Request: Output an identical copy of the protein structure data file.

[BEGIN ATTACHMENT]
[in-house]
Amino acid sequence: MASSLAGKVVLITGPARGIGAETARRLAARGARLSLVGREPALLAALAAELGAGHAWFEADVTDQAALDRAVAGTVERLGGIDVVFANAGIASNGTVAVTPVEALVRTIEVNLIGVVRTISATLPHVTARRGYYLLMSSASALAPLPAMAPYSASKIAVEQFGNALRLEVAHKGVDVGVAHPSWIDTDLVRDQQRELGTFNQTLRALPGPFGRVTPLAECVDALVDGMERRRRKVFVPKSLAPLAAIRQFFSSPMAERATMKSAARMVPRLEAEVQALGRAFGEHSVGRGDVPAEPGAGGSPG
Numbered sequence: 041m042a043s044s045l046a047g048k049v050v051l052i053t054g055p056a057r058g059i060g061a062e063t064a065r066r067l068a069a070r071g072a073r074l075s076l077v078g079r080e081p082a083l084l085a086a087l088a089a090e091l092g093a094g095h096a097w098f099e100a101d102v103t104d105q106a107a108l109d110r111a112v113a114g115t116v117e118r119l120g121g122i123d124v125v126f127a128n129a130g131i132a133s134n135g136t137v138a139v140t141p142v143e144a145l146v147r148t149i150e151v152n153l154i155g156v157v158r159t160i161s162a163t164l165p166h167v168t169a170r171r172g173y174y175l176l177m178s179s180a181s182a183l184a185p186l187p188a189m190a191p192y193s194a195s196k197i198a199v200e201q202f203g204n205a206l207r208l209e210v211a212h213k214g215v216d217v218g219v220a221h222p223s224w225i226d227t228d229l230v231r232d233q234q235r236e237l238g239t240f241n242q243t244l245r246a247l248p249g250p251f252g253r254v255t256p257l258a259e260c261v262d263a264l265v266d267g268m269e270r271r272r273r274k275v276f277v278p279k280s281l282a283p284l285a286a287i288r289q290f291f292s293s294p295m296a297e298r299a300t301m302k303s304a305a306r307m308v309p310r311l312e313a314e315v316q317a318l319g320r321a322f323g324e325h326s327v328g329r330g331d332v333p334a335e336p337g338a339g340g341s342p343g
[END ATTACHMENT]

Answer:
[in-house]
Amino acid sequence: MASSLAGKVVLITGPARGIGAETARRLAARGARLSLVGREPALLAALAAELGAGHAWFEADVTDQAALDRAVAGTVERLGGIDVVFANAGIASNGTVAVTPVEALVRTIEVNLIGVVRTISATLPHVTARRGYYLLMSSASALAPLPAMAPYSASKIAVEQFGNALRLEVAHKGVDVGVAHPSWIDTDLVRDQQRELGTFNQTLRALPGPFGRVTPLAECVDALVDGMERRRRKVFVPKSLAPLAAIRQFFSSPMAERATMKSAARMVPRLEAEVQALGRAFGEHSVGRGDVPAEPGAGGSPG
Numbered sequence: 041m042a043s044s045l046a047g048k049v050v051l052i053t054g055p056a057r058g059i060g061a062e063t064a065r066r067l068a069a070r071g072a073r074l075s076l077v078g079r080e081p082a083l084l085a086a087l088a089a090e091l092g093a094g095h096a097w098f099e100a101d102v103t104d105q106a107a108l109d110r111a112v113a114g115t116v117e118r119l120g121g122i123d124v125v126f127a128n129a130g131i132a133s134n135g136t137v138a139v140t141p142v143e144a145l146v147r148t149i150e151v152n153l154i155g156v157v158r159t160i161s162a163t164l165p166h167v168t169a170r171r172g173y174y175l176l177m178s179s180a181s182a183l184a185p186l187p188a189m190a191p192y193s194a195s196k197i198a199v200e201q202f203g204n205a206l207r208l209e210v211a212h213k214g215v216d217v218g219v220a221h222p223s224w225i226d227t228d229l230v231r232d233q234q235r236e237l238g239t240f241n242q243t244l245r246a247l248p249g250p251f252g253r254v255t256p257l258a259e260c261v262d263a264l265v266d267g268m269e270r271r272r273r274k275v276f277v278p279k280s281l282a283p284l285a286a287i288r289q290f291f292s293s294p295m296a297e298r299a300t301m302k303s304a305a306r307m308v309p310r311l312e313a314e315v316q317a318l319g320r321a322f323g324e325h326s327v328g329r330g331d332v333p334a335e336p337g338a339g340g341s342p343g